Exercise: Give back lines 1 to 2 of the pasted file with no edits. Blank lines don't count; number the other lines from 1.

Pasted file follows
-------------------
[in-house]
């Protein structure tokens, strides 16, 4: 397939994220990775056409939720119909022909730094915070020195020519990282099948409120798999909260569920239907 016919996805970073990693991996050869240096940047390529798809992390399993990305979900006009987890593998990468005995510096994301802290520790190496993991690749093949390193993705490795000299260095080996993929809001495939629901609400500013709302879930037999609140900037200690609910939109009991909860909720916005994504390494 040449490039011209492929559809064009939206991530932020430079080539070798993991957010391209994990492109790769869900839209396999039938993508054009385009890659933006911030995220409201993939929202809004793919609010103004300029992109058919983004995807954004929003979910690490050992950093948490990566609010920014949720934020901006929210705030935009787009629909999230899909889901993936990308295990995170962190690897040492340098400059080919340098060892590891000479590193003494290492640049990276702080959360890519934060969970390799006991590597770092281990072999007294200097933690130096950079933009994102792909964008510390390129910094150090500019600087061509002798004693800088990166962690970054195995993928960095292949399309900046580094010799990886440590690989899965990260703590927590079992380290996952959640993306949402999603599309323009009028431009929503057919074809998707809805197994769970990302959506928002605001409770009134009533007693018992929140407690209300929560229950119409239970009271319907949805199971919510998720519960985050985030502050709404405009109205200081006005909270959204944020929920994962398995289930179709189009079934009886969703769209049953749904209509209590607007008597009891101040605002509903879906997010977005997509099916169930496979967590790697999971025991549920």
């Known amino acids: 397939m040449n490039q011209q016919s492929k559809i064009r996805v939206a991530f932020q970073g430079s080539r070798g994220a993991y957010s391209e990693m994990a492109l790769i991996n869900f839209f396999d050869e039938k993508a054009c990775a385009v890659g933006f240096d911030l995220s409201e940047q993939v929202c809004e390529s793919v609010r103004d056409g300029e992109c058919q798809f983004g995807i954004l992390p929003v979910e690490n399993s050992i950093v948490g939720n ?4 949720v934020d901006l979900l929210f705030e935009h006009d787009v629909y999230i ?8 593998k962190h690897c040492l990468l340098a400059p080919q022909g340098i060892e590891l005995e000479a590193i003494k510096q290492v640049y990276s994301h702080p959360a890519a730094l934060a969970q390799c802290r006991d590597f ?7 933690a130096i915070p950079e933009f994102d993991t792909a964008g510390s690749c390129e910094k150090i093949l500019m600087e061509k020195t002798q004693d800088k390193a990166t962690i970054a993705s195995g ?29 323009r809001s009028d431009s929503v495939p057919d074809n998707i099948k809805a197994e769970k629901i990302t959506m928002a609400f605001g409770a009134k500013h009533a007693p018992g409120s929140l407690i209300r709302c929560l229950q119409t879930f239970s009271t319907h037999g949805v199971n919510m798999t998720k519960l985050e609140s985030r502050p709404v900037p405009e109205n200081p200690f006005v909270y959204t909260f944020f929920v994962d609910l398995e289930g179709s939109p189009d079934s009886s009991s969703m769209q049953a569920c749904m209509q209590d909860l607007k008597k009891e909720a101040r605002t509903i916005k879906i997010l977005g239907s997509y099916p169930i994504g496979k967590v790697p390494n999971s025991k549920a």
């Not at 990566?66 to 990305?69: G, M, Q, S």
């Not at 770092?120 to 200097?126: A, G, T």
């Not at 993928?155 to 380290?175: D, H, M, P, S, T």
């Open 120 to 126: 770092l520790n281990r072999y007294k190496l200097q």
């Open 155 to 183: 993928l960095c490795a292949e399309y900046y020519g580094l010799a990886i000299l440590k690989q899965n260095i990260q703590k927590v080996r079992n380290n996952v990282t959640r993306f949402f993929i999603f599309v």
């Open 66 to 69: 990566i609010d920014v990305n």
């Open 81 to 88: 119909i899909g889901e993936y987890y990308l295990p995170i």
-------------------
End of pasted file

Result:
[in-house]
């Protein structure tokens, strides 16, 4: 397939994220990775056409939720119909022909730094915070020195020519990282099948409120798999909260569920239907 016919996805970073990693991996050869240096940047390529798809992390399993990305979900006009987890593998990468005995510096994301802290520790190496993991690749093949390193993705490795000299260095080996993929809001495939629901609400500013709302879930037999609140900037200690609910939109009991909860909720916005994504390494 040449490039011209492929559809064009939206991530932020430079080539070798993991957010391209994990492109790769869900839209396999039938993508054009385009890659933006911030995220409201993939929202809004793919609010103004300029992109058919983004995807954004929003979910690490050992950093948490990566609010920014949720934020901006929210705030935009787009629909999230899909889901993936990308295990995170962190690897040492340098400059080919340098060892590891000479590193003494290492640049990276702080959360890519934060969970390799006991590597770092281990072999007294200097933690130096950079933009994102792909964008510390390129910094150090500019600087061509002798004693800088990166962690970054195995993928960095292949399309900046580094010799990886440590690989899965990260703590927590079992380290996952959640993306949402999603599309323009009028431009929503057919074809998707809805197994769970990302959506928002605001409770009134009533007693018992929140407690209300929560229950119409239970009271319907949805199971919510998720519960985050985030502050709404405009109205200081006005909270959204944020929920994962398995289930179709189009079934009886969703769209049953749904209509209590607007008597009891101040605002509903879906997010977005997509099916169930496979967590790697999971025991549920």